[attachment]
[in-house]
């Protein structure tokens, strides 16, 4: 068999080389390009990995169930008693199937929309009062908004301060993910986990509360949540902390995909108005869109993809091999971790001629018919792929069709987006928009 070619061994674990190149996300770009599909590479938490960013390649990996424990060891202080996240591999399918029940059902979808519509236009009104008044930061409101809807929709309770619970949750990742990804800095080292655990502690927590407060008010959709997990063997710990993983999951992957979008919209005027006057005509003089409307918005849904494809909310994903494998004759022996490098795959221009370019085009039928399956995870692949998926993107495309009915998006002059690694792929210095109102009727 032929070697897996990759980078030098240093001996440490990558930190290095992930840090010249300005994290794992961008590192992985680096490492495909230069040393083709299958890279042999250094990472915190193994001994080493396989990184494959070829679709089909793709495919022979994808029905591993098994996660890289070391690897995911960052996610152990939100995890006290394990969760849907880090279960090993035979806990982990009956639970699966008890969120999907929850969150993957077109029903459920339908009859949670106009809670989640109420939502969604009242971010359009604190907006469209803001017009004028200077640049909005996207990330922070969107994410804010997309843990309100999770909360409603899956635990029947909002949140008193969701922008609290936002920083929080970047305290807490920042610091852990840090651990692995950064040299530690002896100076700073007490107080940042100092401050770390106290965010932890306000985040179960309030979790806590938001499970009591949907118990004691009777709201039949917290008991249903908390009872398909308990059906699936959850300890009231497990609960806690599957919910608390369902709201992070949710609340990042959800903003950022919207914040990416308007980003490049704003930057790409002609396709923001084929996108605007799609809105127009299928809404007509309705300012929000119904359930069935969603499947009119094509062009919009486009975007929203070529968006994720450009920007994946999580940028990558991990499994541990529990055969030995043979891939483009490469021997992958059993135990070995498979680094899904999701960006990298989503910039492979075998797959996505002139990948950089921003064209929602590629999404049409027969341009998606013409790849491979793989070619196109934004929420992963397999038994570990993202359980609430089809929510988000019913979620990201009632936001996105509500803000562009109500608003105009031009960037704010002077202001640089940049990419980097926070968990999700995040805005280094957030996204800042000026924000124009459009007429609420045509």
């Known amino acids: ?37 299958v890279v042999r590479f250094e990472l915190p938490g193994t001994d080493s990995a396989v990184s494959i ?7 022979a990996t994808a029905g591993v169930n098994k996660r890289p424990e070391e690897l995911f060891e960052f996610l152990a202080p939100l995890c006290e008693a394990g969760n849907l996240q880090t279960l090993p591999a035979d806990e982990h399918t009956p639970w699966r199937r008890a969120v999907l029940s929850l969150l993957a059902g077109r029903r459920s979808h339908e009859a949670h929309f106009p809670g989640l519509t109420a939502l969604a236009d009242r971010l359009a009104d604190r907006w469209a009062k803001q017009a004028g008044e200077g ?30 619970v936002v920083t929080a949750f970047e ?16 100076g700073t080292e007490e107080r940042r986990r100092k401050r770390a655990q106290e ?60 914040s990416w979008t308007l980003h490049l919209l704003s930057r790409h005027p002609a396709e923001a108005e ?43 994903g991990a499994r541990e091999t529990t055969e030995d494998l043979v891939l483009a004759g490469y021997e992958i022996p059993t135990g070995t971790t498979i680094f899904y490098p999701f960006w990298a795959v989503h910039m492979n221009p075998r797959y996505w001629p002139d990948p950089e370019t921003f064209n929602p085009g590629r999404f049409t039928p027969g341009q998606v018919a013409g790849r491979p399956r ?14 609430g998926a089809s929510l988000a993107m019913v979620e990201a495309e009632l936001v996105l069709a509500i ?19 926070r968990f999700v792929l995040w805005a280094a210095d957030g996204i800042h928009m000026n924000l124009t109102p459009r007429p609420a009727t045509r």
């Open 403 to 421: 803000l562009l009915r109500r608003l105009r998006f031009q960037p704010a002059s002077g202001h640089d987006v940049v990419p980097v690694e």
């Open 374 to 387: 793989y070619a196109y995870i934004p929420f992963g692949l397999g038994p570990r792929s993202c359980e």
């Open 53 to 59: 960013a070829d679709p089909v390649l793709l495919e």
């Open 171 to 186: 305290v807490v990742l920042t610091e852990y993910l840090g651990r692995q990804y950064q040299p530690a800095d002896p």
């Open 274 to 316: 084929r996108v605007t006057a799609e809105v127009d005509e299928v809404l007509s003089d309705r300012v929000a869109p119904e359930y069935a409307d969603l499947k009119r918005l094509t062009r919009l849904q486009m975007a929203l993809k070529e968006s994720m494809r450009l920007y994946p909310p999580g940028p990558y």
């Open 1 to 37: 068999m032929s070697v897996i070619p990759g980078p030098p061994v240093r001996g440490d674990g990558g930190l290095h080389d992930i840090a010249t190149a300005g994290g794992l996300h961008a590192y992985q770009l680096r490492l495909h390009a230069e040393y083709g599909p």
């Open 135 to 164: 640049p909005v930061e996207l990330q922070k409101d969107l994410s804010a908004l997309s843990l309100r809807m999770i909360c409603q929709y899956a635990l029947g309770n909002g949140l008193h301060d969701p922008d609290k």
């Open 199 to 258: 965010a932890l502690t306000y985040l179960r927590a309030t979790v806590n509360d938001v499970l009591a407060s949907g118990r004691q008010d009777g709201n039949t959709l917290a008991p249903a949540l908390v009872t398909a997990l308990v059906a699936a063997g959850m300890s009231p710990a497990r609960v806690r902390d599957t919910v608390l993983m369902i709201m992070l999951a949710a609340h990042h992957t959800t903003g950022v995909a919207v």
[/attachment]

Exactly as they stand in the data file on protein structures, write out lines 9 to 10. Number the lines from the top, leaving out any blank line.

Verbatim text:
């Open 1 to 37: 068999m032929s070697v897996i070619p990759g980078p030098p061994v240093r001996g440490d674990g990558g930190l290095h080389d992930i840090a010249t190149a300005g994290g794992l996300h961008a590192y992985q770009l680096r490492l495909h390009a230069e040393y083709g599909p």
């Open 135 to 164: 640049p909005v930061e996207l990330q922070k409101d969107l994410s804010a908004l997309s843990l309100r809807m999770i909360c409603q929709y899956a635990l029947g309770n909002g949140l008193h301060d969701p922008d609290k």